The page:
Registered: 07-2007
Posted From: 69.74.172.196
Posted on Wednesday, October 22, 2008 - 02:18 pm:   Edit Post Delete Post View Post/Check IP    Ban Poster IP (Moderator/Admin only)

I'm with davidw on this. If I know it's a big krausen yeast, I'll even just lay a clean towel on top of the fermenter. Even if the krausen pushes up to the top, all you have is a dirty towel.

Btw, in my old apartment I had a Belgian beer blow the lid off a} fermenter and indent an airlock into a recessed ceiling that was 16 feet high.
 

Paul Erbe
Senior Member
Username: Perbe

Post Number: 1253
Registered: 05-2001
Posted From: 64.233.251.195
Posted on Wednesday, October 22, 2008 - 02:58 pm:   Edit Post Delete Post View Post/Check IP    Ban Poster IP (Moderator/Admin only)

Really no need to cover the hole. If you pitch a good starter and have reasonable lag time the CO2 blanket will protect your beer just fine. The only times I ever airlock a primary is if I was unable to get a starter done or if I am leaving the beer in the primary past the active ferment stage.
 

Bob Wall
Senior Member
Username: Brewdudebob

Post Number: 1952
Registered: 11-2004
Posted From: 98.192.2.38
Posted on Wednesday, October 22, 2008 - 04:38 pm:   Edit Post Delete Post View Post/Check IP    Ban Poster IP (Moderator/Admin only)

My fermenting fridge is a glass door commercial display cooler. When it turns on, it has a fan that circulates the air. Even with a healthy starter, I would be concerned with infection as the top of my fermenter is about 8 inches from the fan. If you look close at the photo, you can see the fan cover:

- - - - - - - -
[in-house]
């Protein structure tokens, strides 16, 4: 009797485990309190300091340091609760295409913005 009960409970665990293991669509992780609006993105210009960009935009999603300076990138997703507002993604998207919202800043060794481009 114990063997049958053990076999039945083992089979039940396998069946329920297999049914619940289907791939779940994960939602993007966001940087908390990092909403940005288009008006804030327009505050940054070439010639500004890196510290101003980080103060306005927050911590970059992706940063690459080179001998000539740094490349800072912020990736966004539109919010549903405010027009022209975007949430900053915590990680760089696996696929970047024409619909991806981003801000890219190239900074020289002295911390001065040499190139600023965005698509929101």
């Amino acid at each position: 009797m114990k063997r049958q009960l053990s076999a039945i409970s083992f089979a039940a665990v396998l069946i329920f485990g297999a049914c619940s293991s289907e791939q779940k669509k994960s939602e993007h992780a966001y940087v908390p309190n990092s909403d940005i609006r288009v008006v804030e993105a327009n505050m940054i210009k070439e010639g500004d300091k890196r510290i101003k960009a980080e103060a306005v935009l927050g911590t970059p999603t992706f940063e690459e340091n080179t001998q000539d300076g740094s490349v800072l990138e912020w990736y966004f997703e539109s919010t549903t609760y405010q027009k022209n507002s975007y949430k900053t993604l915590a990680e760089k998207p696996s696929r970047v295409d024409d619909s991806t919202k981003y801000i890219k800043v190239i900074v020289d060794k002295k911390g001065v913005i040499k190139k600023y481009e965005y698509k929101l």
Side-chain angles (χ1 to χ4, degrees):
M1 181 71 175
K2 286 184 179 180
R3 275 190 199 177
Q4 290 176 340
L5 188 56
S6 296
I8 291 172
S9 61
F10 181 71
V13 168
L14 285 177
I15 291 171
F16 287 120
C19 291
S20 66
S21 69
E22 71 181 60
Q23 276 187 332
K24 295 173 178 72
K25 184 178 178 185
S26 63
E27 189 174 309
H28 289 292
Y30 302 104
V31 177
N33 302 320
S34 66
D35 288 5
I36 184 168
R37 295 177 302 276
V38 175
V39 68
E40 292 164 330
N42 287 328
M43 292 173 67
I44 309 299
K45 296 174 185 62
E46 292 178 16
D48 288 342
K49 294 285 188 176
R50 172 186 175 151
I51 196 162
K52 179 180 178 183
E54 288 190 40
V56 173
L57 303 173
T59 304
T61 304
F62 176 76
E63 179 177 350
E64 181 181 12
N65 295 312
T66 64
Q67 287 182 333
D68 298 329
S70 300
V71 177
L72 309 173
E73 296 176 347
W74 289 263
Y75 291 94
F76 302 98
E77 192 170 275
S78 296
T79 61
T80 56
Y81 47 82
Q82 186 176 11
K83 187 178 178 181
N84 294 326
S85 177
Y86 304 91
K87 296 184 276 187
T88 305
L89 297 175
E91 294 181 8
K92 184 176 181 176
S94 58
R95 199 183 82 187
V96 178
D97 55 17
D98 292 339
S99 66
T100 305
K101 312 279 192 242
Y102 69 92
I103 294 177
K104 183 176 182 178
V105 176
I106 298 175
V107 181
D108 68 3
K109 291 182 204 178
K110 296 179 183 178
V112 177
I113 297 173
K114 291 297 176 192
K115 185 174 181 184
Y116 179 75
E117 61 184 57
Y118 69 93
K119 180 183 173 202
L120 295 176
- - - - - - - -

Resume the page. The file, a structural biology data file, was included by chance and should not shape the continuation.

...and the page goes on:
The Jolly Brewer
Senior Member
Username: Matfink

Post Number: 2069
Registered: 03-2003
Posted From: 92.233.31.3
Posted on Wednesday, October 22, 2008 - 05:38 pm:   Edit Post Delete Post View Post/Check IP    Ban Poster IP (Moderator/Admin only)

what a pretty sight.
 

Bob Wall
Senior Member
Username: Brewdudebob

Post Number: 2055
Registered: 11-2004
Posted From: 98.192.2.38
Posted on Monday, November 03, 2008 - 12:48 am:   Edit Post Delete Post View Post/Check IP    Ban Poster IP (Moderator/Admin only)

Ok, it's been 2 weeks, OG was 1.078. Current gravity is 1.016. that calculates to 8.23 %ABV with an attenuation of 78.4%. Not bad, Wyeast gives it an Attenuation rate of 77%.

It is starting to dry out so I will be dropping the temp by 10 degrees tonight. I already dumped what yeast was in the bottom of the cone and I will tap the fermenter with a rubber mallet a couple times a day to assist in settling. Since aleman has warned me of the "egg-drop soup" issue, I figure a few taps will help it settle out. Tomorrow night, I will drop it another 10 degrees and try dumping out the yeast again next weekend. Then 2 more weeks lagering.

Pretty tasty now, but I did notice it is beginning to dry out from attenuation. The cinnamon also can have a drying effect on the tongue. I may consider adding a few drops of real vanilla extract when I keg it if it's mouthfeel is too dry.

Anyone have any other suggestions to knock the edges off the dryness? It is not real pronounced, but it is there just so you'd notice if you were looking for it.
 

aleman
Member
Username: Aleman

Post Number: 176
Registered: 04-2003
Posted From: 24.230.101.248
Posted on Monday, November 03, 2008 - 01:48 am:   Edit Post Delete Post View Post/Check IP    Ban Poster IP (Moderator/Admin only)

8 ounces of lactose boiled up in a sauce pan, cooled, and then gently added to finished product.